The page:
Emerald Ash Borer Information Session – Tuesday, March 20th

Come to the Ewing Environmental Commission’s March meeting to learn from the experts about the Emerald Ash Borer (EAB) threat, how it will affect your property, options for managing your ash trees, and potential solutions.

The Emerald Ash borer has been found in Ewing Township.  (See the Rutgers  EAB Rapid Ash Survey Report and Management Options, Prepared for the Township of Ewing, Mercer County , NJ, By The Rapid Ash Survey Team (RAST) October 2015.)  As this invasive pest can easily spread to neighboring trees, all residents should check their ash trees for symptoms of infestation.

“The emerald ash borer will kill 99 percent of all ash trees within the next few years,” said Bill Brash, the NJ State Certified Tree Expert with whom the EGT has been working about the EAB threat to the municipal tree canopy. “Residents should identify ash trees on their property and monitor for signs of damage or decline such as unusual woodpecker activity or missing bark.”

EAB Facts

Since the discovery of emerald ash borer in Michigan in 2002, the beetle has killed hundreds of millions of ash trees in North America. In May 2014, the New Jersey Department of Agriculture confirmed New Jersey’s first detection of the emerald ash borer in Bridgewater in Somerset County, NJ.

The emerald ash borer is a small, metallic green, non-native invasive pest. Trees can be infested for years before the tree begins to show symptoms of infestation. Symptoms include canopy dieback, woodpecker activity, missing bark, D-shaped exit holes, shoots sprouting from the trunk, and S-shaped larval galleries under the bark.

Ash Tree Management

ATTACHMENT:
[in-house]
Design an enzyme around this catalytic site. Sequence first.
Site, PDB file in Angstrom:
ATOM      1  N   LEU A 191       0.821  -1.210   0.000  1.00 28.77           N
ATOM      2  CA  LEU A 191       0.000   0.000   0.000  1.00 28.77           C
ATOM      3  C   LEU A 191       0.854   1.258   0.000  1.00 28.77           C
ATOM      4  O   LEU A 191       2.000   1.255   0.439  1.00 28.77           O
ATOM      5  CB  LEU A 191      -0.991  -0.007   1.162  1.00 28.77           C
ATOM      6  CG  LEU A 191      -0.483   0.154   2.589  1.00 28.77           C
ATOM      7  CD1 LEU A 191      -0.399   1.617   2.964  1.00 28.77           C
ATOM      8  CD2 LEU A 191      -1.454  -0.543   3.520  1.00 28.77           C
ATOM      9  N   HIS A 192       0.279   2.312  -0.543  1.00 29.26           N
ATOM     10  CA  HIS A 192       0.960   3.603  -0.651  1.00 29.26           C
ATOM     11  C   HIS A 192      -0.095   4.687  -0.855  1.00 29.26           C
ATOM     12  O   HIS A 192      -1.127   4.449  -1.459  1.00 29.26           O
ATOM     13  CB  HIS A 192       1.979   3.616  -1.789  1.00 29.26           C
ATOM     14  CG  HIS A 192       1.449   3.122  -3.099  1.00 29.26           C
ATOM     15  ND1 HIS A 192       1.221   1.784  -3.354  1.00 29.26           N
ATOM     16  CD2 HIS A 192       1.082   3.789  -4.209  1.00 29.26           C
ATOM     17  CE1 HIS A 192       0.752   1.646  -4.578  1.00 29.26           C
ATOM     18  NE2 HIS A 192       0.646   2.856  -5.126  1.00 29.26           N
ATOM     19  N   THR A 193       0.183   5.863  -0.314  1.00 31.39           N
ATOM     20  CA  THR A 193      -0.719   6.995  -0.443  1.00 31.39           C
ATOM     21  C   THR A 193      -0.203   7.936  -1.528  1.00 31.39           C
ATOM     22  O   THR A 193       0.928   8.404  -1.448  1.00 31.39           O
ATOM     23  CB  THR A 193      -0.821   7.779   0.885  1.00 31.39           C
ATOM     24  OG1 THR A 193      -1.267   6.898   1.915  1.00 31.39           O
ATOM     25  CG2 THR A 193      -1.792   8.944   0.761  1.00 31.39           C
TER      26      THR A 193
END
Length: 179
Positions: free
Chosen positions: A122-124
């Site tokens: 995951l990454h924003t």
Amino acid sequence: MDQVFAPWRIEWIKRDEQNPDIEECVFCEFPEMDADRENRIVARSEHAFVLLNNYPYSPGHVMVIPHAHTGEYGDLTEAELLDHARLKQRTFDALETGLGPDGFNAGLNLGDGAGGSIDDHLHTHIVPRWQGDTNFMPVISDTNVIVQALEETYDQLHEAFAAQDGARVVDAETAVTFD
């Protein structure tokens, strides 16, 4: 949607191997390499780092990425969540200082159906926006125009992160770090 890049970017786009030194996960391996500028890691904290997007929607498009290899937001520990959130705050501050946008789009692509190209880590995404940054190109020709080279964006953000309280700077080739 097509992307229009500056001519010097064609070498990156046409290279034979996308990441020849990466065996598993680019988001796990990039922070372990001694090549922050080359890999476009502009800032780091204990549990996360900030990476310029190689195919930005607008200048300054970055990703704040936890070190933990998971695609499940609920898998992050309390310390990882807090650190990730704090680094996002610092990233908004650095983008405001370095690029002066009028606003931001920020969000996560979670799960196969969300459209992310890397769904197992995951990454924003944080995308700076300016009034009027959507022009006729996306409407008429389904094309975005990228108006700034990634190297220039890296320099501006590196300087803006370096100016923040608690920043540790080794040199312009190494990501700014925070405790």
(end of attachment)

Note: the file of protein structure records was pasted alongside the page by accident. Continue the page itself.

If a tree is already infested or in poor health, it may be best to remove the tree before it becomes infested and poses a hazard to people and surrounding structures. But for those residents with high-value ash in good health, trees can be treated before they become infested.

A Certified Tree Expert can help residents evaluate, then treat or remove ash trees. Contact the Board of Certified Tree Experts at 732-833-0325 or njtreeexperts@gmail.com for a list of professionals serving your area.

Report any signs. If any signs of the EAB beetle are found, call the New Jersey Department of Agriculture at 609-406-6939. Visit http://www.emeraldashborer.nj.gov for more information and check out our own EAB resource page.

untitled-5This program is being provided by the Ewing EAB Partnership, a coalition composed of Ewing Green Team  and Environmental Commission members and representatives from Mercer County, Rutgers University and PSE&G under the direction of NJ State Certified Tree Expert Bill Brash.  It is funded by a 2016 PSE&G grant Partnering for the Restoration of the Community Forest: The 3P Plan, Partnerships-Plan-Planting which funded development of partnerships  to manage the spread and removals of trees infected with the Emerald Ash Borer on Ewing municipal lands.

Date: Tuesday, March 20th
Time: 6:30 p.m.
Location: Ewing Senior and Community Center, 999 Lower Ferry Road, Ewing
Details:  Free and open to the public. No registration is required.
Additional Information: Contact EGT Co-Chair, Joanne Mullowney at 609-883-0862 or email: ewinggreenteam@gmail.com

Invasive Forest Pests and the Threats to our Forests

Watch this excellent video from the Cary Institute about the threats to the health of our forests from invasive pests and their suggestions about what we can do to halt them.

Kiss Your Ash Goodbye…


On February 16 at 6:30PM at Council Chambers in Ewing’s township offices, the Environmental Commission’s monthly meeting will be spent on learning more about the Emerald Ash Borer (EAB) threat to the health of our all our native ash trees.  This pest, first found in Michigan in 2002, reached New Jersey last year.  Without natural predators to destroy this pest, our entire ash population is at risk.